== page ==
Research fears unfounded

January 12, 1996

Olga Wojtas reports from the ever-expanding world of geographers at the Royal Geographical Society/Institute of British Geographers annual conference in Strathclyde.

Research councils are keen to fund the subjects and multidisciplinary work much-loved by geographers - contrary to fears that the very broad nature of the discipline is harming it. This was the optimistic message from a research discussion meeting at the Royal Geographical Society/ Institute of British Geographers' annual conference at Strathclyde University last week.

Chris Caswill, director of research for the Economic and Social Research Council, said: "It does seem to me that the tide is in your favour. The agendas the research councils are producing offer you opportunities."

Geography is one of the broadest academic disciplines, straddling science, social science and arts faculties. In the past researchers have been afraid of their work being marginalised by increasing competition and funding restrictions.

Since the discipline is so dispersed, ranging from human and physical geography to historical geography and philosophy of geography, it is split between the Economic and Social Research Council, the Natural Environment Research Council and the Humanities Research Board. Researchers have complained that it is extremely difficult to win support for innovative work which falls between different funding bodies.

David Sugden, vice president of the RGS/IBG, and convenor of the conference, said there was particular concern over the squeeze on curiosity-driven research, which seemed to disadvantage new researchers disproportionately. Reports from the society's 18 research groups showed that in some areas, less than 20 per cent of alpha-rated applications were supported. "If there is a one in six success rate, this leads to cynicism and disillusion with the system," he said.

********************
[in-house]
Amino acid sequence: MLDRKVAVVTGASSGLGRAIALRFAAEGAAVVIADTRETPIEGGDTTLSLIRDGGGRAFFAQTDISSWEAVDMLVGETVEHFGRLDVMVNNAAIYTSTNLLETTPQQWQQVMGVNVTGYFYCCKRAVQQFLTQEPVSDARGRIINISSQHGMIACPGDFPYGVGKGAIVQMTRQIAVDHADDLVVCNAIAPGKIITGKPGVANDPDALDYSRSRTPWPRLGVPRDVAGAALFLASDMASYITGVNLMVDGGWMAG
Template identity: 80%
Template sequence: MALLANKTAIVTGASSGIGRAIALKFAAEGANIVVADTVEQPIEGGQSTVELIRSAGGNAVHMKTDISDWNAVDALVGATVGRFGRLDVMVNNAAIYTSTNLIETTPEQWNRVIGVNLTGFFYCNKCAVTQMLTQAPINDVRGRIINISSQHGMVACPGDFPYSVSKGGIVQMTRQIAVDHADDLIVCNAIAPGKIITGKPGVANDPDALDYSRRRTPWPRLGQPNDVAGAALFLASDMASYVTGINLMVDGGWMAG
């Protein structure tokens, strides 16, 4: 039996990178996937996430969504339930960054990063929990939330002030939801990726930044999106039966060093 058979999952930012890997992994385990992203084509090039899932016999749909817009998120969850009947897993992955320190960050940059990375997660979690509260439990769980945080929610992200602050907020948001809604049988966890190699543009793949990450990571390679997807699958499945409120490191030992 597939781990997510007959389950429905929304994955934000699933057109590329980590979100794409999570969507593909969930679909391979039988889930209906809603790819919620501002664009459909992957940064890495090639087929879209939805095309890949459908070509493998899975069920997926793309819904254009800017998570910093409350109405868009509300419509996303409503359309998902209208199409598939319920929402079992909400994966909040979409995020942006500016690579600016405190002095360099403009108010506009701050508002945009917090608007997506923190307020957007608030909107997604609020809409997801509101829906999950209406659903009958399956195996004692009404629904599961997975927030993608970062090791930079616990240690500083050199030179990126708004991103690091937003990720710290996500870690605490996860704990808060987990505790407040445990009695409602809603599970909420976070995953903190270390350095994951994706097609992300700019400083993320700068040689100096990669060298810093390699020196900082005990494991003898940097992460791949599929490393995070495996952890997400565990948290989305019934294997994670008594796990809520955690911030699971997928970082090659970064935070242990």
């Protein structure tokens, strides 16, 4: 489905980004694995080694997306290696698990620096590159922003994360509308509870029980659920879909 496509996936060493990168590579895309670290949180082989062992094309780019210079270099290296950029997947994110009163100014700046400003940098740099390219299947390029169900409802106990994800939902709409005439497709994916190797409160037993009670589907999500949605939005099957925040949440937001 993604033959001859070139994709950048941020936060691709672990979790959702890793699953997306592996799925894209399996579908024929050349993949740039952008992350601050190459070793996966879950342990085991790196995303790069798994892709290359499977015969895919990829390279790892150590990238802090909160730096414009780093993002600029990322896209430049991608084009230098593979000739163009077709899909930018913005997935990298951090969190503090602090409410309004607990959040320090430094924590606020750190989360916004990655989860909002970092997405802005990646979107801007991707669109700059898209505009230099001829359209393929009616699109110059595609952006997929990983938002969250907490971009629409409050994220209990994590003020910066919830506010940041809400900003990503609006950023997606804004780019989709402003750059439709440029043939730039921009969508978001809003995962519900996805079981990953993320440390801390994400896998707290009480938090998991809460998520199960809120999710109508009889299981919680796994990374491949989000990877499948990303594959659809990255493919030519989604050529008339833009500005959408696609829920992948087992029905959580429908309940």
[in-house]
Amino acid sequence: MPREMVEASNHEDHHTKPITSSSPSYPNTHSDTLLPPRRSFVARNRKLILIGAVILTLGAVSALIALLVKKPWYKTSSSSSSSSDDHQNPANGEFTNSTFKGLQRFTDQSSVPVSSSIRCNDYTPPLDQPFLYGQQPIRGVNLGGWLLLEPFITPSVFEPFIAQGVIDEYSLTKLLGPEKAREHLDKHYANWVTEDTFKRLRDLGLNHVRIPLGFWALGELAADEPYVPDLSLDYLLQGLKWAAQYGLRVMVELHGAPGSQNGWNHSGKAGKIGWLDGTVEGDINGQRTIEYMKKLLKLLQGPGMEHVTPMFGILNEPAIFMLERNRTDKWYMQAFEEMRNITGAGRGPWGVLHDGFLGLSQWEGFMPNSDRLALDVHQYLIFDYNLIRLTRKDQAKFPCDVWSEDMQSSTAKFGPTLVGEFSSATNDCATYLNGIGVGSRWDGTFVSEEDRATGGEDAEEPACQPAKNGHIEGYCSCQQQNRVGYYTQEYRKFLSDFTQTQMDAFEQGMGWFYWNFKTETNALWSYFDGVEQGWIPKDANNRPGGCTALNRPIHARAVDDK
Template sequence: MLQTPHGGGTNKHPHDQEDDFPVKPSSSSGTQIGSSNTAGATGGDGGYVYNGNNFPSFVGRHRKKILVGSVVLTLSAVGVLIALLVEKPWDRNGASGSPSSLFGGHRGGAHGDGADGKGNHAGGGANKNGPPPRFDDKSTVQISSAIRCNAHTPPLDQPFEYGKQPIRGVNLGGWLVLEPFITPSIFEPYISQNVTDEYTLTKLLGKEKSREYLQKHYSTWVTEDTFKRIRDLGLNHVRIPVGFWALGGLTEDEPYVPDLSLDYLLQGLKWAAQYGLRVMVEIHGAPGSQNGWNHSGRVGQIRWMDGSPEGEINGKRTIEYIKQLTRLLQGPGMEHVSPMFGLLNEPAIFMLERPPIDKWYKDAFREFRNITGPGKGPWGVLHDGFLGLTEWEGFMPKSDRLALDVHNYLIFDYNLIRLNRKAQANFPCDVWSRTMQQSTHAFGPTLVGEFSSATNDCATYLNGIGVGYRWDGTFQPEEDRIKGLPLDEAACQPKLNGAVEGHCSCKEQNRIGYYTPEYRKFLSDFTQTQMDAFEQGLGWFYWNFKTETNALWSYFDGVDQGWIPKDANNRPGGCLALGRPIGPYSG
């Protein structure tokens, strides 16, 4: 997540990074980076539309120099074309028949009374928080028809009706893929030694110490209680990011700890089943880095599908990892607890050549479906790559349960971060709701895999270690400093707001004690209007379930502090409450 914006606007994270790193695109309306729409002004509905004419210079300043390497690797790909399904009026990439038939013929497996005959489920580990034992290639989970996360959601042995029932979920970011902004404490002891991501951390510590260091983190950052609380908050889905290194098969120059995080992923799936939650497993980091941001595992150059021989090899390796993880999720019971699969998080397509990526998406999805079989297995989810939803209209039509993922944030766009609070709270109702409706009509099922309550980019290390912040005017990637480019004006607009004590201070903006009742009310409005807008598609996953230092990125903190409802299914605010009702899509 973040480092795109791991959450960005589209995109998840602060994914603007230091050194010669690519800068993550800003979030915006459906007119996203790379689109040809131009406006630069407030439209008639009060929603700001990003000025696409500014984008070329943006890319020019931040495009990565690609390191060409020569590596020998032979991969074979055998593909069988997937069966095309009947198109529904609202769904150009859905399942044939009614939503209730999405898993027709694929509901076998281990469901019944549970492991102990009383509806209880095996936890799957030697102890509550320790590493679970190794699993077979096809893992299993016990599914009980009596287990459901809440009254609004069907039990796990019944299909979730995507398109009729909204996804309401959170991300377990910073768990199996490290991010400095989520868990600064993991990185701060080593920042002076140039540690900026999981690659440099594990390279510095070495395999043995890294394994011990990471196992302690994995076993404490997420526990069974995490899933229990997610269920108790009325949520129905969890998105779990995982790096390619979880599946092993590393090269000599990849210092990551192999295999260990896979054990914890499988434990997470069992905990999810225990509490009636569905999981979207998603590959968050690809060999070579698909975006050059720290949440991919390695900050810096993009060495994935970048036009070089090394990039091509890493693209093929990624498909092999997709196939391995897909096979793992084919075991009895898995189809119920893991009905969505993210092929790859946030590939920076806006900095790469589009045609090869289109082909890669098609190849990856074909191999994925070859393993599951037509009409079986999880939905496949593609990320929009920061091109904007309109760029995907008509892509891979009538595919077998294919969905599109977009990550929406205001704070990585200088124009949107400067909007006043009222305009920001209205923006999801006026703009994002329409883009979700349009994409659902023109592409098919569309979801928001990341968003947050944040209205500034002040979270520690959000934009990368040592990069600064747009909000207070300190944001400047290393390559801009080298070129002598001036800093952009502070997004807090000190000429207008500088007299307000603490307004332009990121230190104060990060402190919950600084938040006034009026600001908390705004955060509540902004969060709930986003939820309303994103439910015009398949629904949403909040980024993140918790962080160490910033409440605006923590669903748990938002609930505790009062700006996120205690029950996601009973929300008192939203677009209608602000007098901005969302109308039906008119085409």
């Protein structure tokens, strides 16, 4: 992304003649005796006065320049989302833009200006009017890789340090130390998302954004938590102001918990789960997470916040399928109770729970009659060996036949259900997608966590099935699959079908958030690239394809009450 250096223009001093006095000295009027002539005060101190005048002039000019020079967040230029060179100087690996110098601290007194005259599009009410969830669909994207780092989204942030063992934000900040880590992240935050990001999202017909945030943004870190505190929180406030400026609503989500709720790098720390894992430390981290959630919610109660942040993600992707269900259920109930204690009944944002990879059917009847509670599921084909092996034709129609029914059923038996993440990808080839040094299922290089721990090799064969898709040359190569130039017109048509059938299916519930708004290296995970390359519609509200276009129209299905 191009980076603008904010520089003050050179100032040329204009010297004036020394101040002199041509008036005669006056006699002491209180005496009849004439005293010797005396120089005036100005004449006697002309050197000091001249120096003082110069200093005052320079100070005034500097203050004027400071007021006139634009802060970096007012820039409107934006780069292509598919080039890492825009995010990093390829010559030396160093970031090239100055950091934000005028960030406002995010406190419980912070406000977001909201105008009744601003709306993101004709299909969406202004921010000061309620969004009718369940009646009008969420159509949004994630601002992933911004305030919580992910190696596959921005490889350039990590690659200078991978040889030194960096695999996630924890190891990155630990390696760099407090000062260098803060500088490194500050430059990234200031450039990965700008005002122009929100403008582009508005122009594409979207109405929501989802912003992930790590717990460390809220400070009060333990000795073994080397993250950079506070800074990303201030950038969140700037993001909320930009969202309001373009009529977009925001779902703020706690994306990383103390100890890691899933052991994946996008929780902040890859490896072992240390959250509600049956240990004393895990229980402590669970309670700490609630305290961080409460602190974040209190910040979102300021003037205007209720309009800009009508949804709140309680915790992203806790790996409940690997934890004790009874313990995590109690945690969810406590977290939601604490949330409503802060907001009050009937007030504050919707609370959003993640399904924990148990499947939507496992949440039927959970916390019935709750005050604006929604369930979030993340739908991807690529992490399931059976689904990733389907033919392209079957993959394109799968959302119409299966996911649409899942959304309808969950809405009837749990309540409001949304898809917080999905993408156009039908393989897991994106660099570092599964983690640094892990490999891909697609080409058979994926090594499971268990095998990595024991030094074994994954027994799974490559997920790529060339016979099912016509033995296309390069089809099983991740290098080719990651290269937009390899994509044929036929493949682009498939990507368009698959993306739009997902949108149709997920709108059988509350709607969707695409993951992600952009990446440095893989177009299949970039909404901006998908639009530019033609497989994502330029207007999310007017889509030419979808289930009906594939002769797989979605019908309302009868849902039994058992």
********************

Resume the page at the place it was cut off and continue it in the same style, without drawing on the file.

But the research groups also stressed that recent trends were focussing on issues which had long been central to geography, such as the interest in global change, both in relation to the natural environment and the links between regions, cultures and places, Professor Sugden said.

The ESRC was determined to protect its multi-disciplinary research grants board, Mr Caswill pledged. It was retaining its responsive research grants scheme, supporting curiosity-driven research, not because of any romantic attachment, but because it was essential to have access to the best quality ideas emerging from the academic community.

This would also help the ESRC shape its research priorities for the future, Mr Caswill said. "The society needs to be in a position to contribute effectively to that debate - not all learned societies are."

David Drewry, director of science and technology at NERC, also predicted considerable potential for geography, since NERC had shifted its attention to areas which cut across traditional scientific boundaries, such as environmental hazards, pollution and natural resources. "We are looking at issues of relating physical sciences to social sciences, in which I believe geography can play a pivotal part," he said.

NERC is hoping to fund a new urban environment programme, with a proposed budget of Pounds 15 million over five years, which would include topics such as air and water quality, land reclamation, and health and safety issues, said Dr Drewry.

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